The name game to characterize the latest deadly viral outbreak is raging – like the epidemic – across the world. In the ring there are pork producers, diplomats, health officials and their supporters joining in the nomenclature fray.
A deadly viral epidemic is raging across the world - as is a debate on just what to call the latest affliction.
With the epidemic alert level rising to level five out of a maximum of six levels, health officials are scrambling not only to contain the outbreak, but also to come to an agreement on a universally acceptable term to describe it.
The nomenclature list so far includes “swine flu”, “Mexican flu”, “North American flu”, “new flu”, as well as the more scientifically accurate “H1N1 flu” – to name just a few.
For English speakers, a further list of permutations involves swapping the term “flu” with “influenza”.
Shortly after news of the first cases of the disease broke last week, “swine flu” became the operating term across the globe. Despite protests from several pork associations as well as animal health organizations, the WHO (World Health Organization) is still sticking with the term, prompting several governments and media organizations to follow suit.
‘Swine’ versus ‘Mexican’
The term swine flu originated since it is believed that pigs served as the incubator for a new virus strain, which is a mixture of genetic material from swine, human and bird flu strains.
The search for the source of the latest outbreak has been focused around the vicinity of a pig farm in eastern Mexico.
With Mexico suffering the worst of the latest outbreak, a senior Israeli health official suggested changing the name to “Mexican flu” earlier this week. Israeli Deputy Health Minister Yakov Litzman, a member of the ultra-religious United Torah Judaism Party, urged changing the name to "Mexican flu," because swine are not kosher.
Following a strong protest by the Mexican ambassador to Israel, Frederico Salas, Israeli officials however announced that Israel would continue using the term "swine flu".
Enter the ‘North American flu’ – or ‘North American influenza’
But the term swine flu has seriously affected the pork industry, with countries such as China and Russia banning pork imports from Mexico.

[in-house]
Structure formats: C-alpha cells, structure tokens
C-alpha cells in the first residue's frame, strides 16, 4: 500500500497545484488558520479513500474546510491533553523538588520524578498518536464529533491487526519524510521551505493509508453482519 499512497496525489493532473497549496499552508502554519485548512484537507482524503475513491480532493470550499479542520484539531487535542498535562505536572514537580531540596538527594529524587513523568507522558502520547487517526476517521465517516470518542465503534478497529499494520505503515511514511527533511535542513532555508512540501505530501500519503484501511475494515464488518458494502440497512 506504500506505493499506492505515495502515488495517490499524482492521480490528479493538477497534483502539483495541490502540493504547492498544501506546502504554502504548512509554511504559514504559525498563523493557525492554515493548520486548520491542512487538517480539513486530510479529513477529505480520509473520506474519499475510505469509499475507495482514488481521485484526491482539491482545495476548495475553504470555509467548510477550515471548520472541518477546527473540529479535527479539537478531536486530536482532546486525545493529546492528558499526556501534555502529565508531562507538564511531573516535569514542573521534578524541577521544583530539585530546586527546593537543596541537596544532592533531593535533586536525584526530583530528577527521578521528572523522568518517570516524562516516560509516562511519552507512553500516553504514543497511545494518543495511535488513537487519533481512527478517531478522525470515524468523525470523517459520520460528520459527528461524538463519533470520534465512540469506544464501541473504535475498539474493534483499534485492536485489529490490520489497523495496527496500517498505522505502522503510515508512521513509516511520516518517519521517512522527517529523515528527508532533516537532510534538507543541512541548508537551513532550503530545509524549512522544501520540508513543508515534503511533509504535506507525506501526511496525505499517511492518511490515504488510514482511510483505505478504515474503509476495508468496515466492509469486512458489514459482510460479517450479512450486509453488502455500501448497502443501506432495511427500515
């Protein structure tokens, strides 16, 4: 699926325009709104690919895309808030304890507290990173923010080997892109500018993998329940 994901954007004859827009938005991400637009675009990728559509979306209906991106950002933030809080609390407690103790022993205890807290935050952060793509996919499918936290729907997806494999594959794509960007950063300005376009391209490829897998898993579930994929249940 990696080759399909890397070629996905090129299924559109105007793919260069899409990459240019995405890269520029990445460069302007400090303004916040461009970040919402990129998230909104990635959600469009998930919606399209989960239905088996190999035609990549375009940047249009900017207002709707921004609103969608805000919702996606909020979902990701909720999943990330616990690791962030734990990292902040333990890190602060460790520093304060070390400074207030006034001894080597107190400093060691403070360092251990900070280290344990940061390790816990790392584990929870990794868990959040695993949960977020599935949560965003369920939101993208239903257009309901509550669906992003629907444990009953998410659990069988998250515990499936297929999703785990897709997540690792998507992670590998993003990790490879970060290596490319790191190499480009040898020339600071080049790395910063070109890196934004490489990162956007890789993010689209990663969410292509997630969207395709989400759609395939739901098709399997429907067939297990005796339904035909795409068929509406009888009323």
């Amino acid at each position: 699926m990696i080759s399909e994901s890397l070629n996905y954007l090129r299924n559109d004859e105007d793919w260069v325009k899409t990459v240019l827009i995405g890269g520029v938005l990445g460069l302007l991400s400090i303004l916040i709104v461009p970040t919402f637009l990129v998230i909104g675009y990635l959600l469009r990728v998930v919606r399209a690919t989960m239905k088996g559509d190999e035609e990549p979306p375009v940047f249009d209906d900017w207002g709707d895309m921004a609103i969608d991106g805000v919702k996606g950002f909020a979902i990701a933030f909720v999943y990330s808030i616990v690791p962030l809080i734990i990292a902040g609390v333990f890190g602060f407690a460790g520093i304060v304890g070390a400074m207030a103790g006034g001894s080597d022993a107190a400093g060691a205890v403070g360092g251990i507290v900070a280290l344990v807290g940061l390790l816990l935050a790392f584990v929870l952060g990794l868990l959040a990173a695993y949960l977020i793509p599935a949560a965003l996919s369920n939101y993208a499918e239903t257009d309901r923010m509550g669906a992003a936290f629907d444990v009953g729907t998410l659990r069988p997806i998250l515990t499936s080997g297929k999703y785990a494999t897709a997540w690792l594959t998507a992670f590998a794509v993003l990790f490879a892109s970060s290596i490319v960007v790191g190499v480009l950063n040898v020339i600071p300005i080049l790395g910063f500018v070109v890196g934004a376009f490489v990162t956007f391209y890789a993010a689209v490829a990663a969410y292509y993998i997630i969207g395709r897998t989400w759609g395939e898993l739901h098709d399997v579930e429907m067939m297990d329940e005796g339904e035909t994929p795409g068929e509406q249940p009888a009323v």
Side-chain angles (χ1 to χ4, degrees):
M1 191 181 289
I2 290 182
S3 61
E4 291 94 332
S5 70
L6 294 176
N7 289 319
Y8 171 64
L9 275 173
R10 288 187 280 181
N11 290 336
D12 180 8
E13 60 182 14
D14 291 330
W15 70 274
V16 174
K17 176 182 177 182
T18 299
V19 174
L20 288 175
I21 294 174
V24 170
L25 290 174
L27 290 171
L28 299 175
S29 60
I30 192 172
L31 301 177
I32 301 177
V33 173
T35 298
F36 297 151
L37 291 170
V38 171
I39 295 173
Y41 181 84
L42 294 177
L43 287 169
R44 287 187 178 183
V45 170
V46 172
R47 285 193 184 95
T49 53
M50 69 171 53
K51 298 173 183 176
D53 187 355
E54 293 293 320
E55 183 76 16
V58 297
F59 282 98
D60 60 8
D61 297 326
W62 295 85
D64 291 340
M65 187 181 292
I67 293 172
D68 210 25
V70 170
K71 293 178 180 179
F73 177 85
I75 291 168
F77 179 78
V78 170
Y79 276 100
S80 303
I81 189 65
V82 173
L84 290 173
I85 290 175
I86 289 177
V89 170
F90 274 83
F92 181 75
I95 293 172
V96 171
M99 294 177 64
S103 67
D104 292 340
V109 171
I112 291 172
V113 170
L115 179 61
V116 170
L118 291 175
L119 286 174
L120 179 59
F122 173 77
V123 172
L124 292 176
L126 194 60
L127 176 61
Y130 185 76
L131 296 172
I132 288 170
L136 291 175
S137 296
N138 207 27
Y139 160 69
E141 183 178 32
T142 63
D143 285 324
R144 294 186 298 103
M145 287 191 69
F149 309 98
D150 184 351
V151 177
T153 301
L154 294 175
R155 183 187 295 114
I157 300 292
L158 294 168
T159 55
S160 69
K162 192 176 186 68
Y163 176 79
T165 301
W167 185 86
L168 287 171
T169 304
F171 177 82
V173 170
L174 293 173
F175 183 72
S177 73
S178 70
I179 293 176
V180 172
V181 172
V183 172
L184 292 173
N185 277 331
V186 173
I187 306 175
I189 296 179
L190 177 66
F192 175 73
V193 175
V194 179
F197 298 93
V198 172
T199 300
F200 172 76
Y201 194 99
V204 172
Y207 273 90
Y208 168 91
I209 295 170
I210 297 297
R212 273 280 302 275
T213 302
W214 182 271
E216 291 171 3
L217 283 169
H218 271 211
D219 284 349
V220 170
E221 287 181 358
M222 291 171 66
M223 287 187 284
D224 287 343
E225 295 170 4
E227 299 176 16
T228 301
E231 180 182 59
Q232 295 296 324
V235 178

In Brazil, a pork producers’ association informed the WHO that they would be satisfied with the terms “Mexican” - or even “North American”, flu.
But Keiji Fukuda, WHO's assistant director-general for health security and environment, said the global health body continues to call the outbreak "swine flu" because the virus is of the type that affects pigs.
"The virus that is identified is a swine influenza virus," said Fukuda. "We don't have any plans to try to introduce any new names for this disease."
But the Paris-based World Organisation for Animal Health - known by its French acronym, OIE - has warned that the term “swine flu” is a misnomer. Instead, the organization is proposing the term “North American influenza” in keeping with a tradition of identifying outbreaks with the region of origin.
‘H1N1’ for the more politically correct
In the US, there has been a shift toward the term “H1N1 flu” in recent days following concerns that “swine flu” would affect US pork sales.
In his comments Wednesday, US President Barack Obama noticeably referred to the new strain as “H1N1 flu”. Senior US officials, including Agricultural Secretary Tom Vilsack, have also switched to "H1N1”.
In an email to the US daily USA Today, Bill Hall, acting assistant secretary for public affairs at the Department of Health and Human Services, explained that “referring to this virus strain as 'swine flu' mischaracterizes the genetic makeup of this virus and inaccurately conveys the notion that the virus is being transmitted by swine."
Date created : 2009-04-30